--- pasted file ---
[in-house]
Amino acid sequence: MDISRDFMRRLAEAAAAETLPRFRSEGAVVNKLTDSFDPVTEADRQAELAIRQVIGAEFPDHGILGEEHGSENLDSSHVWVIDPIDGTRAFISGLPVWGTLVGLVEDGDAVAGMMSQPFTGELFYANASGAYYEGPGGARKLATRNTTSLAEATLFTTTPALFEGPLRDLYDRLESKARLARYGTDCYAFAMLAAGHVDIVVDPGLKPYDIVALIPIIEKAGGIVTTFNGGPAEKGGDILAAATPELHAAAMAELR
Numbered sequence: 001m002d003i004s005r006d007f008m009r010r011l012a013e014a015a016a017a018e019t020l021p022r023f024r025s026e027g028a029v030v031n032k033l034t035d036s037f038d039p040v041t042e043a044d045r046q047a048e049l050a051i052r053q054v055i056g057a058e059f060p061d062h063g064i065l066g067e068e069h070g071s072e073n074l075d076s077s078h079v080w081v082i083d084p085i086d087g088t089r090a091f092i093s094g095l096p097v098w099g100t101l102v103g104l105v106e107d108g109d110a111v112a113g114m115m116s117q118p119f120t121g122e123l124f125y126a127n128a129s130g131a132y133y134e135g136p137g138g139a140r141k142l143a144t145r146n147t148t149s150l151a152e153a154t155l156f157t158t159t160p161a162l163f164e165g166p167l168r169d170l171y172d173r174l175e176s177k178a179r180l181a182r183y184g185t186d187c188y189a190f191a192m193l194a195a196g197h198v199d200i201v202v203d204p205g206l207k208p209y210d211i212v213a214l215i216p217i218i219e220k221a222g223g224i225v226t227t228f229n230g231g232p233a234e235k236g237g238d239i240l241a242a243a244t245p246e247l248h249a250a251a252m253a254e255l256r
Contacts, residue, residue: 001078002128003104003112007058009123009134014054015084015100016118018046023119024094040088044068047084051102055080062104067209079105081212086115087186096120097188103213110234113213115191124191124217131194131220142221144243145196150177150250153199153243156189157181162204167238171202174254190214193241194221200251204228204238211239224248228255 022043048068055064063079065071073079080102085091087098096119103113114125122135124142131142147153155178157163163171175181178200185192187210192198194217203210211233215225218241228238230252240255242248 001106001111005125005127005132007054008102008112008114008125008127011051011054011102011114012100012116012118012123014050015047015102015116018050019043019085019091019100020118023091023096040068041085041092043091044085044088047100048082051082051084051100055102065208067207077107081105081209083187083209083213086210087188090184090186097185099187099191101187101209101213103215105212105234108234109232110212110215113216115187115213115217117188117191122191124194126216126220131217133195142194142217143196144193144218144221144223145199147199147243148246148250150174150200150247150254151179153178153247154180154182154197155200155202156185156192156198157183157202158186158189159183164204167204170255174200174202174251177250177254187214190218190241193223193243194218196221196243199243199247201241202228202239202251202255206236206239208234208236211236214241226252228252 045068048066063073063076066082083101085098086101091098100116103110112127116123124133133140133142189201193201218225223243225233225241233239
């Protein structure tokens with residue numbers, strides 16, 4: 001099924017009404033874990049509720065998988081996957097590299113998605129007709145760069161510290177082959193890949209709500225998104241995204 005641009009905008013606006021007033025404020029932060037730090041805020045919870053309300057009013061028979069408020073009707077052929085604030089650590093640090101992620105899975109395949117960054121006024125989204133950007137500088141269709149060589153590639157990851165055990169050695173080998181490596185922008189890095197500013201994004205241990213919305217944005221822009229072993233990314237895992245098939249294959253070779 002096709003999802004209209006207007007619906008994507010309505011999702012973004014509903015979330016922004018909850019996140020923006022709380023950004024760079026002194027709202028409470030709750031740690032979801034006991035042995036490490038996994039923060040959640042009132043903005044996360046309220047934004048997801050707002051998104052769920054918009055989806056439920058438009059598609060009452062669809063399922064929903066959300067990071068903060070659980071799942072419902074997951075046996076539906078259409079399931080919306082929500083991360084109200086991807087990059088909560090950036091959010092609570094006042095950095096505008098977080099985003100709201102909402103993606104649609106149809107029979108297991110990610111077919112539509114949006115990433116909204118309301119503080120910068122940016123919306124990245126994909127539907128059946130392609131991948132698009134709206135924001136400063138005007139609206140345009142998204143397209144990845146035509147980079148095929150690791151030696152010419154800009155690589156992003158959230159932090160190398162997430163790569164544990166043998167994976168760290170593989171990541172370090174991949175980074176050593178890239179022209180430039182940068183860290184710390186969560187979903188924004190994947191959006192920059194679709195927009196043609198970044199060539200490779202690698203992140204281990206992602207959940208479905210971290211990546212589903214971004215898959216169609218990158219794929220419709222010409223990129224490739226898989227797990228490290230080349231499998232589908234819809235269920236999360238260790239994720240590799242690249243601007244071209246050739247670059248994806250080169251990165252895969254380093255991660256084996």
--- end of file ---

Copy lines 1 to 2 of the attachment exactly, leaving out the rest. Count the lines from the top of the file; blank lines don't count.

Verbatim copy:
[in-house]
Amino acid sequence: MDISRDFMRRLAEAAAAETLPRFRSEGAVVNKLTDSFDPVTEADRQAELAIRQVIGAEFPDHGILGEEHGSENLDSSHVWVIDPIDGTRAFISGLPVWGTLVGLVEDGDAVAGMMSQPFTGELFYANASGAYYEGPGGARKLATRNTTSLAEATLFTTTPALFEGPLRDLYDRLESKARLARYGTDCYAFAMLAAGHVDIVVDPGLKPYDIVALIPIIEKAGGIVTTFNGGPAEKGGDILAAATPELHAAAMAELR